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The potential impacts of ocean acidification: scaling from physiology to fisheries


  • The potential impacts of ocean acidification on fisheries and higher trophic level ecology: scaling from physiology to ecology was written by Will J. F. Le Quesne and J. K. Pinnegar of CEFAS. It is published with the permission of the Controller of HMSO and the Queen's Printer for Scotland.

  • Ghoti papers
    Ghoti aims to serve as a forum for stimulating and pertinent ideas. Ghoti publishes succinct commentary and opinion that addresses important areas in fish and fisheries science. Ghoti contributions will be innovative and have a perspective that may lead to fresh and productive insight of concepts, issues and research agendas. All Ghoti contributions will be selected by the editors and peer reviewed.
    Etymology of Ghoti
    George Bernard Shaw (1856-1950), polymath, playwright, Nobel prize winner, and the most prolific letter writer in history, was an advocate of English spelling reform. He was reportedly fond of pointing out its absurdities by proving that ‘fish’ could be spelt ‘ghoti’. That is: ‘gh’ as in ‘rough’, ‘o’ as in ‘women’ and ‘ti’ as in palatial.

W J F Le Quesne, Lowestoft Laboratory, Centre for Environment, Fisheries and Aquaculture Science, Lowestoft NR33 0HT, UK
Tel: +44(0) 1502  52428 1
Fax: +44(0) 1502  51386 5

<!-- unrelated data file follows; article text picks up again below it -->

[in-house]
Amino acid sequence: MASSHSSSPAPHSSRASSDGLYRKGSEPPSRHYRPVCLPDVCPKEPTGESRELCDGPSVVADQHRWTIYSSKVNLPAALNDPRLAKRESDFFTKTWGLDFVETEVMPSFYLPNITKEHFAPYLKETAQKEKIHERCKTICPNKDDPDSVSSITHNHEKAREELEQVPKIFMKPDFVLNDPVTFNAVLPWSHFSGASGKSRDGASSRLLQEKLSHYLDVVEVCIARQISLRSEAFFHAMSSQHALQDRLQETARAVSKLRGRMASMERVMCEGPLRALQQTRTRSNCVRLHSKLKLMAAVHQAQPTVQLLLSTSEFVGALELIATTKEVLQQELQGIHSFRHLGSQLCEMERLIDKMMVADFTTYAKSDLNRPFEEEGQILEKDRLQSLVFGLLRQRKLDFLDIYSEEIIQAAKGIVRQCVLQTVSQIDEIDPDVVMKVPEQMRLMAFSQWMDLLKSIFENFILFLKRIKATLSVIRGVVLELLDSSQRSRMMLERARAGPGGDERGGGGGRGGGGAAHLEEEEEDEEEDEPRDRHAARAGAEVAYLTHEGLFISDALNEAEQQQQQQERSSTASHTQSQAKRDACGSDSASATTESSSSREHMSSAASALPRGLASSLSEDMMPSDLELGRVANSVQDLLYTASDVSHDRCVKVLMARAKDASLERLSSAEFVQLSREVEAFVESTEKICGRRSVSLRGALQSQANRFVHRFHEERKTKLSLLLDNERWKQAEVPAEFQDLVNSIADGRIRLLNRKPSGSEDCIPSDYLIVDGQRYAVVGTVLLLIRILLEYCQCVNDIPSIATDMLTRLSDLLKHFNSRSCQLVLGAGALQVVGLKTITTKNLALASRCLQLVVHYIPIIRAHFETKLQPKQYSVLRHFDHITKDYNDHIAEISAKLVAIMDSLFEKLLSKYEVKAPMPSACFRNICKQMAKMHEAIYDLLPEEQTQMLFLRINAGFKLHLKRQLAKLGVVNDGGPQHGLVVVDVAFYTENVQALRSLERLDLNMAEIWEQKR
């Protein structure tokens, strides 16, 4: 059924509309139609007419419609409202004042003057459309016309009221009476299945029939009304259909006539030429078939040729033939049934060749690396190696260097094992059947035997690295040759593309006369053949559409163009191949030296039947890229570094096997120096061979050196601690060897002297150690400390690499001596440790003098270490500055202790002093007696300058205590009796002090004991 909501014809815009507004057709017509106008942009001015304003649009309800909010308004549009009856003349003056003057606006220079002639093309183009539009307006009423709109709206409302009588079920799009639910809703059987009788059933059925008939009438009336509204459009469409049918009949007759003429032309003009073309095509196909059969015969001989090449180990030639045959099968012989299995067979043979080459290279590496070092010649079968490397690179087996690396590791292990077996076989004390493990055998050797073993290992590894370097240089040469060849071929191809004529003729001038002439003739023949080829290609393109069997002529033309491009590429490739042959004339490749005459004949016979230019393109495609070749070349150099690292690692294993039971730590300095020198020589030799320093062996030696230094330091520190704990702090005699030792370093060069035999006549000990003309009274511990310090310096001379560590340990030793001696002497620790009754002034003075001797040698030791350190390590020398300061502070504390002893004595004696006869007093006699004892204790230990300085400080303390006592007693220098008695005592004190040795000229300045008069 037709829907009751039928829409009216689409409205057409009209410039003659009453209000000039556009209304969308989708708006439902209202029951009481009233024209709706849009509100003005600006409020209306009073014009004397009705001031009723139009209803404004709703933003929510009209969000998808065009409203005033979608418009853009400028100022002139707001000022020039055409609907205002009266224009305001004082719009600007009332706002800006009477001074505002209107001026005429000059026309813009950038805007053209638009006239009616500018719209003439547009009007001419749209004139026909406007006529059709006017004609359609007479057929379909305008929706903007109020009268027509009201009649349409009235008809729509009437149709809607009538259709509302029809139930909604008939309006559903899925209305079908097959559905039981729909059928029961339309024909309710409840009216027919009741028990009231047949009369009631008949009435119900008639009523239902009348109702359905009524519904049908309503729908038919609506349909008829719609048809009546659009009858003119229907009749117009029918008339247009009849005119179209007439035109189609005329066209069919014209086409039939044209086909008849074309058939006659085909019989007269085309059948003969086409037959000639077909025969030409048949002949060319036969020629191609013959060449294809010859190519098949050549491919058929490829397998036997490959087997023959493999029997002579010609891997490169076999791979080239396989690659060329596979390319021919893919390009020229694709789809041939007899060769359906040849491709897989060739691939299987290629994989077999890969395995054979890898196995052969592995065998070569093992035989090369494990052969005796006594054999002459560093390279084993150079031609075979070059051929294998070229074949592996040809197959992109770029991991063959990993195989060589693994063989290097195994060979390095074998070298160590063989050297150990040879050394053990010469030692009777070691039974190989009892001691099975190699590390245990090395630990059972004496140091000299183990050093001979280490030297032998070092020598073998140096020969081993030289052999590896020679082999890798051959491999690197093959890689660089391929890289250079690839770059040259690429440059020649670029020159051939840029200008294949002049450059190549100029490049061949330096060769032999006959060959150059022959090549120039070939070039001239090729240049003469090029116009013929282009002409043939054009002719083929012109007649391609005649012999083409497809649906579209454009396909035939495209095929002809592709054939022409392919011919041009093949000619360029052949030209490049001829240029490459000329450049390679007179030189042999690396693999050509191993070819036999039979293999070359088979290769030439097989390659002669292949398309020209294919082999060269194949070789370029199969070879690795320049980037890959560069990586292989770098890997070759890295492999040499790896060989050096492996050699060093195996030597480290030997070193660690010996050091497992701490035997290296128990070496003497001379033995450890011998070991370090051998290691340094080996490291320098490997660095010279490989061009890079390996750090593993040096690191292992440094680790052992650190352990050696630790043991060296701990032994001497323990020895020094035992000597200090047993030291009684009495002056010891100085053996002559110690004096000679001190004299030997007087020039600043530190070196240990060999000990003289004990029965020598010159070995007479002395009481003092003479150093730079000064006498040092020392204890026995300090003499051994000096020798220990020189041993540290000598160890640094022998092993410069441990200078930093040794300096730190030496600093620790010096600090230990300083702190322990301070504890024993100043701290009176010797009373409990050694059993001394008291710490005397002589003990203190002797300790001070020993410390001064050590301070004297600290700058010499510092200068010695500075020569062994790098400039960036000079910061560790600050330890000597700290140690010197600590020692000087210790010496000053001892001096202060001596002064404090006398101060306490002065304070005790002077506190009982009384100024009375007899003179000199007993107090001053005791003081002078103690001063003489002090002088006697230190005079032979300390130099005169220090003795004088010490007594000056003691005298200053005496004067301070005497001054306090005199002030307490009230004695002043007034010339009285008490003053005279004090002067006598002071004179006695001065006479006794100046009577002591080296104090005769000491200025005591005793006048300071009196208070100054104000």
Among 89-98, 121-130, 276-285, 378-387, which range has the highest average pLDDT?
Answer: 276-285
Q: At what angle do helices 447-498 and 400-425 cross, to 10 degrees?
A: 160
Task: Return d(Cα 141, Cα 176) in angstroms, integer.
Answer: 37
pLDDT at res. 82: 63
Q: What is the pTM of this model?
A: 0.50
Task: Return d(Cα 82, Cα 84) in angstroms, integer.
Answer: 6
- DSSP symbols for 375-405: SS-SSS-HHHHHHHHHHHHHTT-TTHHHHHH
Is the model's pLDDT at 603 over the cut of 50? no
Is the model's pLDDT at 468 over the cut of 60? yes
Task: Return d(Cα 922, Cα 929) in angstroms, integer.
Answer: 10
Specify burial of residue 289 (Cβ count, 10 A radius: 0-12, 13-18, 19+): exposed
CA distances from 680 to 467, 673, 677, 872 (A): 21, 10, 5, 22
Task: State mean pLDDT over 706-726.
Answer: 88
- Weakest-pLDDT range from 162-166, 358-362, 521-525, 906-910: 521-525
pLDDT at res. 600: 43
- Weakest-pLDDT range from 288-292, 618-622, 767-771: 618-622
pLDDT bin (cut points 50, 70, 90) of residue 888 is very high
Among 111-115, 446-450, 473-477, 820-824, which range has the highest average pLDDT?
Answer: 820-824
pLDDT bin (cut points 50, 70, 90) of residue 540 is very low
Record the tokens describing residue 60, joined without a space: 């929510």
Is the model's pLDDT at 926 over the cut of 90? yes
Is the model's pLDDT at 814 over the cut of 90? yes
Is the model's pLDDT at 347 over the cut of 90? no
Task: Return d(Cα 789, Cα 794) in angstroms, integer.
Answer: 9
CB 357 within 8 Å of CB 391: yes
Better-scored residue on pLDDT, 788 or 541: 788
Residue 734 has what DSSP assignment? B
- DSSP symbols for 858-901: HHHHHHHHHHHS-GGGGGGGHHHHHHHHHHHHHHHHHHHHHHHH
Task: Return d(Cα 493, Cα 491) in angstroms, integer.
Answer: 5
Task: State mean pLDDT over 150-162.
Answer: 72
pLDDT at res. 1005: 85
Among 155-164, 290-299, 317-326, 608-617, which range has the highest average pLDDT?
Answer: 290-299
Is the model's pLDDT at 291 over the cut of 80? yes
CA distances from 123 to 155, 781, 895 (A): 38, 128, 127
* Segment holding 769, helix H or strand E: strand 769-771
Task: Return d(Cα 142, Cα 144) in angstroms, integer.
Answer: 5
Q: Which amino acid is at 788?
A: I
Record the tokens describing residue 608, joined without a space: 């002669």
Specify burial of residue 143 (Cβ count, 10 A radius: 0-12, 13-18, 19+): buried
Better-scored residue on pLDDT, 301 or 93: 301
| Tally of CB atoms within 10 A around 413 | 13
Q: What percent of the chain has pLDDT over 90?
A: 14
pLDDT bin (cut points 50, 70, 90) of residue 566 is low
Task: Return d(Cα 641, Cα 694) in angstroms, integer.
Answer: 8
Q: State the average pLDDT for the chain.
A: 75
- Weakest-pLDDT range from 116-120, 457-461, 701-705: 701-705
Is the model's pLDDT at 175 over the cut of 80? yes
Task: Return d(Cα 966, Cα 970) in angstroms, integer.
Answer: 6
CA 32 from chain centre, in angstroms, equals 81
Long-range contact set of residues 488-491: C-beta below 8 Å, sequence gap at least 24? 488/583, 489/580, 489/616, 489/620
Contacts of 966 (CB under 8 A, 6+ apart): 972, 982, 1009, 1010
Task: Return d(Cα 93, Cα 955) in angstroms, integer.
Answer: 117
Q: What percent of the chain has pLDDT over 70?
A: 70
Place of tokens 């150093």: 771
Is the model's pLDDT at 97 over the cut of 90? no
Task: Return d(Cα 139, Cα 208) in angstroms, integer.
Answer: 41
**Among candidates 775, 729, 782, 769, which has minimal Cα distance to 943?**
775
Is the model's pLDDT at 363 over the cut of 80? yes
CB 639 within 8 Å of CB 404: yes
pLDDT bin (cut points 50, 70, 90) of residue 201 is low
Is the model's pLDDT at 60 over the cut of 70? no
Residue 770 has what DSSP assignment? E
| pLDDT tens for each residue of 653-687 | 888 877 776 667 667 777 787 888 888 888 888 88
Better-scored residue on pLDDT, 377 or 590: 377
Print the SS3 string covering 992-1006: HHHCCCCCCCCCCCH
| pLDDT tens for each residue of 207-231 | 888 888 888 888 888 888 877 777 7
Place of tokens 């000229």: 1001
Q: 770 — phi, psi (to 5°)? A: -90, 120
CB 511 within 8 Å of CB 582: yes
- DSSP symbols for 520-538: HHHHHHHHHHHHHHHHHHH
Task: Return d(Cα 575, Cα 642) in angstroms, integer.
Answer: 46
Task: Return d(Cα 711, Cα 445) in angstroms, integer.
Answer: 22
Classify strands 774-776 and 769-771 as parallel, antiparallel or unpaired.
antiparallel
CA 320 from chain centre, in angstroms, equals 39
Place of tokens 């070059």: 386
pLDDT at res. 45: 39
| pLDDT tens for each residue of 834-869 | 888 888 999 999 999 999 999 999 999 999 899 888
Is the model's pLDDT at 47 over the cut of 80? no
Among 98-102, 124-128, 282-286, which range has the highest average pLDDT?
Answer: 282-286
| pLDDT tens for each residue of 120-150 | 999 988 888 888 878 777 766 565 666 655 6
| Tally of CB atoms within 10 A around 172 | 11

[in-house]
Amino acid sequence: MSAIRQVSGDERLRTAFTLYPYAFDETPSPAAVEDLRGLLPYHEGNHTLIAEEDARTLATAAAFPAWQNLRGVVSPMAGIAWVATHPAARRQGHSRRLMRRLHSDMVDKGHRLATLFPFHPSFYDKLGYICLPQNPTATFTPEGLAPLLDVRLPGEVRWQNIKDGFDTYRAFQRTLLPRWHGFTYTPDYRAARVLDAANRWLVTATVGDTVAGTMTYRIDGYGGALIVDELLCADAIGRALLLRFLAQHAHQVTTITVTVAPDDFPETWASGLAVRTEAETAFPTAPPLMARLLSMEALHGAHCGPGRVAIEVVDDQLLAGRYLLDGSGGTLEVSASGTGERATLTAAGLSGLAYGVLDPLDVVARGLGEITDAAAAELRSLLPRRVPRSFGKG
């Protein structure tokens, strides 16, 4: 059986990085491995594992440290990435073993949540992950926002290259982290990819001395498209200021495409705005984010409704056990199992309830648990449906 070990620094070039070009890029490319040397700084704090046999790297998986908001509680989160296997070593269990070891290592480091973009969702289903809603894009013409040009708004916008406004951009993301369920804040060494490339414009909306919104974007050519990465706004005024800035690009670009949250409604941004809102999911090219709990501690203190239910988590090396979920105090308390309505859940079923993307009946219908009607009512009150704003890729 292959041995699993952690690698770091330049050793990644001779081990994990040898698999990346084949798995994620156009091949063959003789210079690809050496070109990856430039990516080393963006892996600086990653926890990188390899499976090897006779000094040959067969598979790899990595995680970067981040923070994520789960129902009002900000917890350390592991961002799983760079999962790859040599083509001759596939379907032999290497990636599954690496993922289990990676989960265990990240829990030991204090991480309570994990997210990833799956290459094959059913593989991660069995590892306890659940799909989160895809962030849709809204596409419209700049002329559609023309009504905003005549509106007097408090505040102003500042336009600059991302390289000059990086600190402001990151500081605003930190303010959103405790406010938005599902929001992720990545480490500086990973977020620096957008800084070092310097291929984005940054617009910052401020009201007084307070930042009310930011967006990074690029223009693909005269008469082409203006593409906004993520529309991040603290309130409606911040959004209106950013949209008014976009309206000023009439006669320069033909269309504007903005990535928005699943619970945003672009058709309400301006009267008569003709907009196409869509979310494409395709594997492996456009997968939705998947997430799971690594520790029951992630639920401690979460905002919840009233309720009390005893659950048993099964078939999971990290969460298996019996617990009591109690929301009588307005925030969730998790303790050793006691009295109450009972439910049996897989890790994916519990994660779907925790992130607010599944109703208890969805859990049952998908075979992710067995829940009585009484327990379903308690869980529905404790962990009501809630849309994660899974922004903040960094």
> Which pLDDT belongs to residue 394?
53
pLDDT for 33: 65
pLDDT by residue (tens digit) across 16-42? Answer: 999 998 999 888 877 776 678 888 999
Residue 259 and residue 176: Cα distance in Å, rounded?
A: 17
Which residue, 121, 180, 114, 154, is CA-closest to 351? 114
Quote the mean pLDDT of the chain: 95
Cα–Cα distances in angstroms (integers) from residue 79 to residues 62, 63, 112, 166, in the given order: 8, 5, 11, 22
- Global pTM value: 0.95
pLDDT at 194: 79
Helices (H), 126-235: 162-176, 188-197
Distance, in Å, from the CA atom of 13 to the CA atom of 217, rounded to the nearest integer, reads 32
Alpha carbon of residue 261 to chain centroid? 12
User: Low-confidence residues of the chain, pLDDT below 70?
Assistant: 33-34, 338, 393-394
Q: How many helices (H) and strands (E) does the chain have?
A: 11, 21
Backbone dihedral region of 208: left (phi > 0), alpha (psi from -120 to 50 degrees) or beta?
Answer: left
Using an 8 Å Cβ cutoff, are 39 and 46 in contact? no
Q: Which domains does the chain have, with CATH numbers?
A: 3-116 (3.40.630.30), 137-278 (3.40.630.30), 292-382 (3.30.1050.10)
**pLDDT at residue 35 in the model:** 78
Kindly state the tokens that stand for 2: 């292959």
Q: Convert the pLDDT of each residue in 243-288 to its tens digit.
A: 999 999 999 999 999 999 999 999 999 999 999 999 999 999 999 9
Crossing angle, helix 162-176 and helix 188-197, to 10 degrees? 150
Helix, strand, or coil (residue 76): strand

Views expressed on the potential impact of ocean acidification range from wholesale degradation of marine ecosystems through to no discernable impact with minimal consequences. Constraining this range of predictions is necessary for the development of informed policy and management. The direct biological impacts of acidification occur at the molecular and cellular level; however, it is the expression of these effects at the population and ecosystem level that is of societal concern. Here, we consider the potential impact of ocean acidification on fisheries with particular emphasis on approaches to scaling from physiological responses to population- and ecosystem-level processes. In some instances, impacts of ocean acidification may lead to changes in the relative species composition at a given trophic level without affecting the overall productivity, whilst in other instances, ocean acidification may lead to a reduction in productivity at a given tropic level. Because of the scale at which ecological processes operate, modelling studies are required. Here, ocean acidification is situated within ongoing research into the ecological dynamics of perturbed systems, for which many models have already been developed. Whilst few existing models currently explicitly represent physiological processes sensitive to ocean acidification, some examples of how ocean acidification effects may be emulated within existing models are discussed. Answering the question of how acidification may impact fisheries requires the integration of knowledge across disciplines; this contribution aims to facilitate the inclusion of higher trophic level ecology into this ongoing debate and discussion.